The press is filled with dire news coming from Africa: in July, riots broke out in South Africa following the arrest of former President Jacob Zuma. In Ethiopia, amidst bloody battles and thousands of deaths, fighters from the rebel region of Tigray are overwhelming the national army and threatening to take the capital Mogadishu. All over the continent, COVID-19 causes deaths amid a chronic shortage of vaccines and concern among the medical community that allowing the disease to advance unchecked could give rise to new variants of the disease. The list of bad stories from Africa could continue.
But while this news is undoubtedly concerning, some important but less headline-grabbing developments offer a much more positive vision of where the continent is heading.
Towards better governance
The riots that caused so much damage in South Africa are actually the result of an unexpected resolve by the government of Cyril Ramaposa to fight back against the corruption that pervaded the country during the Zuma years. The fact that Zuma is actually serving time in jail – limited as it might be compared to the misdeeds he is accused of committing – is remarkable. It will hopefully mark a transition in the country away from tribal-based rule to the building of a modern rule-based state.
In Ethiopia, the hope is that the current tragic civil conflict surrounding the Tigray region will not disrupt other, positive developments in the region. One such development concerns the recent launch of the first major blockchain deal in Africa, whereby 5 million Ethiopian students will be given blockchain-based digital IDs, which by improving the credibility of their credentials, will give them better access to business opportunities and financial assets.
Another country experiencing dramatic developments is Sudan, where following a popular insurrection in 2019 that deposed the Islamist despot Omar al-Bashir, an unlikely triumvirate of an urban civilian, a military leader and a warlord is ruling the country, gradually moving it towards a more liberal, business-friendly legal system. Over the past two years the government has lifted many restrictions on public speech, banned female genital mutilations, and repealed various Islam-based laws, including lifting dress obligations for women, decriminalising apostasy, ending public flogging, and partially lifting a ban on the consumption of alcohol.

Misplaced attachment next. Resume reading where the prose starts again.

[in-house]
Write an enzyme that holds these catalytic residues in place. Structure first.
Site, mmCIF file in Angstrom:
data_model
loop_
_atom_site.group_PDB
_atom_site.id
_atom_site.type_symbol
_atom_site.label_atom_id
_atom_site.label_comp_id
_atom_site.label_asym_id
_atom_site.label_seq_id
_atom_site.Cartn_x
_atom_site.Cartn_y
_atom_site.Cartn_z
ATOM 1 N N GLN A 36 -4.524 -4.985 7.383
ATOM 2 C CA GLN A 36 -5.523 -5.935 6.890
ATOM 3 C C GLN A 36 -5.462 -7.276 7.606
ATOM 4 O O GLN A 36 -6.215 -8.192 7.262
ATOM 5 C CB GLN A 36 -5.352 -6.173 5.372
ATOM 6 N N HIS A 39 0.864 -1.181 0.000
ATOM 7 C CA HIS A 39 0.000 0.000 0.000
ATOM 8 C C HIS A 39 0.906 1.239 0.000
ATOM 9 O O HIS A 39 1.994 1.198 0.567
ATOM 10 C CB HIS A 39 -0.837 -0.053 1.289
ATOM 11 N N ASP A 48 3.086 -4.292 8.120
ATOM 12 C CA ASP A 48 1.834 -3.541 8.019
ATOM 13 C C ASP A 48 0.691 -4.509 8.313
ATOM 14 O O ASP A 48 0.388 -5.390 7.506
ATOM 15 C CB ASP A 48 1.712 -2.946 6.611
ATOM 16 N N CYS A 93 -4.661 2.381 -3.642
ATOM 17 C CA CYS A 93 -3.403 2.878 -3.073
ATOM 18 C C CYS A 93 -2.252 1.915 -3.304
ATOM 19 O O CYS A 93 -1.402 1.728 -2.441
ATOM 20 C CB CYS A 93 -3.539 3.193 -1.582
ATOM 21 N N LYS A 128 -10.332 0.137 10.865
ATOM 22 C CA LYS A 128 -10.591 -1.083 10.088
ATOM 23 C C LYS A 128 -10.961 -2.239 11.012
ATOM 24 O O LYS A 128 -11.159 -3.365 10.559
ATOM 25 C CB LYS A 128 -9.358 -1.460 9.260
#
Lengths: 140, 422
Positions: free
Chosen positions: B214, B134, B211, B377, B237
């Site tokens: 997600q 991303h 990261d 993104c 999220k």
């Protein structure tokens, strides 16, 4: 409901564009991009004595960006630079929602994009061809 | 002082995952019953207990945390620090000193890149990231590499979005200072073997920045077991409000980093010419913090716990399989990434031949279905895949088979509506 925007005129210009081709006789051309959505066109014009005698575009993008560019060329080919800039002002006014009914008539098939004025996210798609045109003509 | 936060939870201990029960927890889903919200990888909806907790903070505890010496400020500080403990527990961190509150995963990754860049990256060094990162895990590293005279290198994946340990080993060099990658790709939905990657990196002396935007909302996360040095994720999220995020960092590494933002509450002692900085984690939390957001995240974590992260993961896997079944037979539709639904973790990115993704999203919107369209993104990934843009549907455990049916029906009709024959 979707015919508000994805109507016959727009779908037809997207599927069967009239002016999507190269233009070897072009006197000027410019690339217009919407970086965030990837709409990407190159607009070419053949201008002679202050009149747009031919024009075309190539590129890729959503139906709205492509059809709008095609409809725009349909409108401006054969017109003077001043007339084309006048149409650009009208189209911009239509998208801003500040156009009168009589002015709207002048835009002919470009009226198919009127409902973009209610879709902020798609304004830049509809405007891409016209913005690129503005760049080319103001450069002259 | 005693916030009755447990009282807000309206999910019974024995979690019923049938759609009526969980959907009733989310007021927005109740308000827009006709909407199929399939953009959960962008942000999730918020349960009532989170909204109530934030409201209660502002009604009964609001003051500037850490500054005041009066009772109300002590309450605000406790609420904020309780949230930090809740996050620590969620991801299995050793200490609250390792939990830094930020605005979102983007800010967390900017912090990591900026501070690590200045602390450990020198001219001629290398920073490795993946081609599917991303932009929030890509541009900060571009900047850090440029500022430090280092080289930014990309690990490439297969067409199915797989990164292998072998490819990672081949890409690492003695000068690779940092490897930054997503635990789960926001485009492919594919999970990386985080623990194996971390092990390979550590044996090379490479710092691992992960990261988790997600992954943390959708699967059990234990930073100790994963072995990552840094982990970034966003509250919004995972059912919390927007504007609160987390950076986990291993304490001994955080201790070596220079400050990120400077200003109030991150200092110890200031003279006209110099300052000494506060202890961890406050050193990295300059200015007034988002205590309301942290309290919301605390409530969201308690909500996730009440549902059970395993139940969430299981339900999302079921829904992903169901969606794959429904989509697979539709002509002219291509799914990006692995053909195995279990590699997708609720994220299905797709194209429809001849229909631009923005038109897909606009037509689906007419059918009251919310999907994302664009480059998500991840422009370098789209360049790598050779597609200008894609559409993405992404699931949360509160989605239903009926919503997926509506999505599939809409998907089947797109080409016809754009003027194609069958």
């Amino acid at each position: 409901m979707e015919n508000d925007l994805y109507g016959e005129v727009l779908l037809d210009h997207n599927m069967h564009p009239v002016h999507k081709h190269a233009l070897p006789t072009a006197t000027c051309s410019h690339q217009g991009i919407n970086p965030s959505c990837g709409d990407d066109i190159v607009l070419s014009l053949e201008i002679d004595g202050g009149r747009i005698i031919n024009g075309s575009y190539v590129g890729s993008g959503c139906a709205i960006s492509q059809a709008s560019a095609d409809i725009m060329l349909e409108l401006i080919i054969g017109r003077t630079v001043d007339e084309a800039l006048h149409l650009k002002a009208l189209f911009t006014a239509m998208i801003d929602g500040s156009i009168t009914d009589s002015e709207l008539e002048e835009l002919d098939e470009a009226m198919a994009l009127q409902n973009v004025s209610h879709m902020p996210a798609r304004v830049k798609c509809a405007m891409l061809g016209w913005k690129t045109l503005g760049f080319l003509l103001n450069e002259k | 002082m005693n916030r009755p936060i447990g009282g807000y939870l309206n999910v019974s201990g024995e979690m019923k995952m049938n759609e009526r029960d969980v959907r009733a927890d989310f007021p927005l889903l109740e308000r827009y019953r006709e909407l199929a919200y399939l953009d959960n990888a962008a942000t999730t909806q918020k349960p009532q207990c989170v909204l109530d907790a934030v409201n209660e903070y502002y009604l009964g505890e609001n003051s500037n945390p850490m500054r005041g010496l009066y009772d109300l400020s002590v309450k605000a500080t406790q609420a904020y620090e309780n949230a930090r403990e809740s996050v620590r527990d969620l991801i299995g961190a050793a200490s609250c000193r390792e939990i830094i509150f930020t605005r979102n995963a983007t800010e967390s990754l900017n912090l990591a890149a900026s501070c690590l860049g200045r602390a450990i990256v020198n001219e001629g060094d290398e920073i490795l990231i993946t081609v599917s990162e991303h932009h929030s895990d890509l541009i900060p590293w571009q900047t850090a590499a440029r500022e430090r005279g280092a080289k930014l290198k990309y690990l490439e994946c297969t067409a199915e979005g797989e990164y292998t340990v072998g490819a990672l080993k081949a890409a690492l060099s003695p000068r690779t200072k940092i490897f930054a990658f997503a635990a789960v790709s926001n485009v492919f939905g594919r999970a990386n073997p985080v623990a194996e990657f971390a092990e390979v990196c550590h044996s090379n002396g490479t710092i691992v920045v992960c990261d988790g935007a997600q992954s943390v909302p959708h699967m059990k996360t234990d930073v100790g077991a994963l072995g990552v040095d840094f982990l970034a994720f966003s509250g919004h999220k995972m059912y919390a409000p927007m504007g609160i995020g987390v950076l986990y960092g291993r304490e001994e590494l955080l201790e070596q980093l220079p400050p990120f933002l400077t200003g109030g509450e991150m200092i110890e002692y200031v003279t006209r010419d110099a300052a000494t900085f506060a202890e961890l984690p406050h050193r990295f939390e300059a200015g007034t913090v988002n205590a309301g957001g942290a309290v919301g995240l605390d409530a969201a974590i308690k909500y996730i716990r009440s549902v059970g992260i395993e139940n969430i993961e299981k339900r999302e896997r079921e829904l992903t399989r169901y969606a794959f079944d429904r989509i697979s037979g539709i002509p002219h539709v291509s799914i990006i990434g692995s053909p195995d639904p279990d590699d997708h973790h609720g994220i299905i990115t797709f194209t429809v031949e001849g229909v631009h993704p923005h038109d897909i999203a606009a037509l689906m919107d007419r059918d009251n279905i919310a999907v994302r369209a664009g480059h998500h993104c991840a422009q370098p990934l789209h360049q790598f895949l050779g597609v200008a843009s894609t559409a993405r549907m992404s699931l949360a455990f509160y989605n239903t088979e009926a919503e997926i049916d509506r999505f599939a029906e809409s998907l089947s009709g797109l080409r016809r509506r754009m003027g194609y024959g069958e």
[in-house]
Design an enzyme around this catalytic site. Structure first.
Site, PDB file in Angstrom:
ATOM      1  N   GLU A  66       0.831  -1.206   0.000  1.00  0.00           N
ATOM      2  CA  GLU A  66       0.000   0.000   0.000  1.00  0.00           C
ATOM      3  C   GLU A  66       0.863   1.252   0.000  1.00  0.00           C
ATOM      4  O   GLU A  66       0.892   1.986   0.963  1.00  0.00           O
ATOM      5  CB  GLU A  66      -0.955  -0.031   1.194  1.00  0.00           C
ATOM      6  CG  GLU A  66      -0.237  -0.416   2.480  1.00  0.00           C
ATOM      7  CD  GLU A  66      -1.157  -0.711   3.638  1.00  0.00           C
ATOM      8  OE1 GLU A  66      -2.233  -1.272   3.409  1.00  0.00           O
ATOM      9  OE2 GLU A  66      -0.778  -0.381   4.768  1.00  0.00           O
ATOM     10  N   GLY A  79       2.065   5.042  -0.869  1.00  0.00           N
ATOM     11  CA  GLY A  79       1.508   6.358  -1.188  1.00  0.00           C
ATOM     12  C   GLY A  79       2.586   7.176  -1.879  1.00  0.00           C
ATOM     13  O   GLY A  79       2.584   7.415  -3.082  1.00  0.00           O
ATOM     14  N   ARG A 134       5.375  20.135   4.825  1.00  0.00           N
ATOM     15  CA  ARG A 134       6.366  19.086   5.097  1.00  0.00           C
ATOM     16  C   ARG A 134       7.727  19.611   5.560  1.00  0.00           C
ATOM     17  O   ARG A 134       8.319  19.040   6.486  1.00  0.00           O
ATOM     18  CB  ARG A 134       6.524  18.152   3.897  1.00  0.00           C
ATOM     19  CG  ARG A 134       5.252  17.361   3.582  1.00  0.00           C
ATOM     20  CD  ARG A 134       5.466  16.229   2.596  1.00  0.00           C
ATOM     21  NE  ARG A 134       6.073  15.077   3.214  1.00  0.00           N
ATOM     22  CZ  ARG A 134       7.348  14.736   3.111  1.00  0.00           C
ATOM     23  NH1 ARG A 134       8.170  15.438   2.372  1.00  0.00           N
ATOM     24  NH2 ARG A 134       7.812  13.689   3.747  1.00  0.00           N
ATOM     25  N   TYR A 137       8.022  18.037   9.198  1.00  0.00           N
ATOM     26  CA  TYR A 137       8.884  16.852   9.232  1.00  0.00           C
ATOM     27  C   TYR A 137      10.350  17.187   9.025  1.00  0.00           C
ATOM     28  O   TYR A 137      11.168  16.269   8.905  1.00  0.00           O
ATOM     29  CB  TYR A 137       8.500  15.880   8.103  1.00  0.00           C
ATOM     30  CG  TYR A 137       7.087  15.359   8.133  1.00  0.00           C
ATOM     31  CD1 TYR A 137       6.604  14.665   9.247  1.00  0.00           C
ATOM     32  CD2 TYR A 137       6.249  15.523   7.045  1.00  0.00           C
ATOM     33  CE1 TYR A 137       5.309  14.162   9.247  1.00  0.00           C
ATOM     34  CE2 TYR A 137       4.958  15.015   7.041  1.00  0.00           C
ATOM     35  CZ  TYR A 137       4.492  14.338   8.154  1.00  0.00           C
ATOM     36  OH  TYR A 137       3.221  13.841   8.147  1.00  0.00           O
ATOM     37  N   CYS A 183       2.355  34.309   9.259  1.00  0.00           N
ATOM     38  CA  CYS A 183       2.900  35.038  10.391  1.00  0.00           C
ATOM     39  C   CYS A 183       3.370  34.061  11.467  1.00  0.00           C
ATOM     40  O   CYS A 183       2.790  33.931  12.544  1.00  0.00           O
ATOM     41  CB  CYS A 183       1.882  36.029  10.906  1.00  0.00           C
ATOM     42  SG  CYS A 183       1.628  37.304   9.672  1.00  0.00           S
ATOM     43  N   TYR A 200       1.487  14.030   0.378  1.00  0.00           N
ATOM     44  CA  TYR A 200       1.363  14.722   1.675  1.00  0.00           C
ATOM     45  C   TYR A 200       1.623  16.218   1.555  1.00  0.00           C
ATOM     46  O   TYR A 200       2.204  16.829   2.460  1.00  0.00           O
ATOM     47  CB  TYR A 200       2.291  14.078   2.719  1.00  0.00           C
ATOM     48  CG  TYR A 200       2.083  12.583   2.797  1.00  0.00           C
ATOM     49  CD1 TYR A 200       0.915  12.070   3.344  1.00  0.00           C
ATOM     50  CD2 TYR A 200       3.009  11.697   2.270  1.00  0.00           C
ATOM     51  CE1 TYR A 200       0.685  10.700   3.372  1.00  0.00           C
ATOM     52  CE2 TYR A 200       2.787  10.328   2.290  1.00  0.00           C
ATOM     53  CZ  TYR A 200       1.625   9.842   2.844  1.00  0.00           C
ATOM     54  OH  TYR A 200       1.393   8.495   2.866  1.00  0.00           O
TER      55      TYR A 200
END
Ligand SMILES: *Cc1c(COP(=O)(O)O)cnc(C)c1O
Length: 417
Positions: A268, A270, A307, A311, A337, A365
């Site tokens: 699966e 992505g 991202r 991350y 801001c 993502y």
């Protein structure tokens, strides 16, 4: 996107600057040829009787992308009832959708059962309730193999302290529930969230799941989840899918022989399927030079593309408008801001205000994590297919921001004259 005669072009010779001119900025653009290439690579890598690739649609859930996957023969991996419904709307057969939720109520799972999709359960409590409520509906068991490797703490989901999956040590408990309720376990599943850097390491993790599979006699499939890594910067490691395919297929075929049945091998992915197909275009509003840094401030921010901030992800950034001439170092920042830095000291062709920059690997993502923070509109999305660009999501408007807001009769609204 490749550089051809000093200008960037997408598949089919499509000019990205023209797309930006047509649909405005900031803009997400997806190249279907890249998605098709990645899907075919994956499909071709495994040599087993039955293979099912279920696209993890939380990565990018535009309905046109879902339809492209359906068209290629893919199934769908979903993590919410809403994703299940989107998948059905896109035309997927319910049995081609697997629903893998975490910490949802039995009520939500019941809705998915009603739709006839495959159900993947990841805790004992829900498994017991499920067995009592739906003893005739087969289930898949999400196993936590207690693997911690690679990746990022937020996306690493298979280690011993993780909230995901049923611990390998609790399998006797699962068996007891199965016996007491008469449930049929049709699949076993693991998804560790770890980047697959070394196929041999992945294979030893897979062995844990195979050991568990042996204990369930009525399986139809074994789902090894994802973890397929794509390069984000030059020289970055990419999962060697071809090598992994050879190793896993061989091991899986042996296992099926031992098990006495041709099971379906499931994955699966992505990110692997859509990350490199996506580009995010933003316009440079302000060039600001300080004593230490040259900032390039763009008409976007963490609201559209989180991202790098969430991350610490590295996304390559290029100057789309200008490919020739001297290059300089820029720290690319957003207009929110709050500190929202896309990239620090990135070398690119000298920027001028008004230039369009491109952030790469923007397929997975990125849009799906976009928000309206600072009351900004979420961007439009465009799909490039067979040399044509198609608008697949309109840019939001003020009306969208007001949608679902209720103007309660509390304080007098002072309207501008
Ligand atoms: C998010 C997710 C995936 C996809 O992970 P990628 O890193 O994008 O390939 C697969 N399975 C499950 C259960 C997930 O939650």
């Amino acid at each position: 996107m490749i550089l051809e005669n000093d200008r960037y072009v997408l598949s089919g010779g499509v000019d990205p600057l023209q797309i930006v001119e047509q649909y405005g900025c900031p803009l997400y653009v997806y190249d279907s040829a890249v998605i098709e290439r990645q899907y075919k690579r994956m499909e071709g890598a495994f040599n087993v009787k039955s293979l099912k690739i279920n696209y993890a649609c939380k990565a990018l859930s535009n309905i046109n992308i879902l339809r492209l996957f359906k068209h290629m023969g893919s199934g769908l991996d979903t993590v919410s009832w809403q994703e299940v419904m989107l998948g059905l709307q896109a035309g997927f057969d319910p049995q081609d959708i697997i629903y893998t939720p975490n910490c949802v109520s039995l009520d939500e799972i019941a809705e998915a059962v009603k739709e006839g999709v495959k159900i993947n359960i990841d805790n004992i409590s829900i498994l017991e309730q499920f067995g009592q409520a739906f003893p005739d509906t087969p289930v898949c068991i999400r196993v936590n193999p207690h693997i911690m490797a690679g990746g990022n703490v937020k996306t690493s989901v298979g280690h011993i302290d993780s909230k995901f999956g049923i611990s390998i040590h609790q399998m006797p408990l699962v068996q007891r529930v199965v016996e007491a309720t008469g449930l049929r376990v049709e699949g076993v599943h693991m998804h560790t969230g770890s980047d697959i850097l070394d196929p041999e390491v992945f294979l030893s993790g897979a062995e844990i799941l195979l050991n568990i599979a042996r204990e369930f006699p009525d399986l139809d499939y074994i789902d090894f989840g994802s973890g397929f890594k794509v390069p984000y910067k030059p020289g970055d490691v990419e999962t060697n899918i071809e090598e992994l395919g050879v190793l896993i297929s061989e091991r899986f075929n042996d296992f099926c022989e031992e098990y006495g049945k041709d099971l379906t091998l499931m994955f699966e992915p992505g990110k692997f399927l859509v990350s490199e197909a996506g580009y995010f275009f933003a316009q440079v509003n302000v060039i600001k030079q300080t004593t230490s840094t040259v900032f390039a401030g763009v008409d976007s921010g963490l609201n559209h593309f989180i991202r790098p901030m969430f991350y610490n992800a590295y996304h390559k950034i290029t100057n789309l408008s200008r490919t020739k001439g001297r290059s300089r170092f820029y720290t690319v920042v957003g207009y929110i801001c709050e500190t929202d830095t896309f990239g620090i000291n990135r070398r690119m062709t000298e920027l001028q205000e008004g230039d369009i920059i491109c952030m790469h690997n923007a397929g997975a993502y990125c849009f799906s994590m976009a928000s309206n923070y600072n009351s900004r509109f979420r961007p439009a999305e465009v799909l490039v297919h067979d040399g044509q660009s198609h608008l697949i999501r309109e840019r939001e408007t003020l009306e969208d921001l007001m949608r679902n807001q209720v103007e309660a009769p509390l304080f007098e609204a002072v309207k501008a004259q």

Clean African energy
On the energy front, the most important development in the Nile basin is the progress in construction of the “Grand Ethiopian Renaissance Dam” (GERD), which will create a gigantic new reservoir along the river Nile, close to the border with Sudan. In July this year, the second stage of the filling of the dam was successfully completed, triggering a new round of complaints from Egypt and Sudan, the down-river countries that are most impacted by the reduced water flow that the reservoir filling is causing. Egypt has issued veiled threats that it was ready to resort to military means should it feel that Ethiopia is damaging its interests with the dam.
Egypt’s rumblings have a broader geopolitical dimension, given the size of the project. With a planned installed capacity of 6.45 gigawatts, the dam will be the largest hydroelectric power plant in Africa when completed, as well as the seventh largest in the world. It would greatly expand Ethiopia’s role in the region, to the detriment of Egypt, which is currently seen as the regional superpower.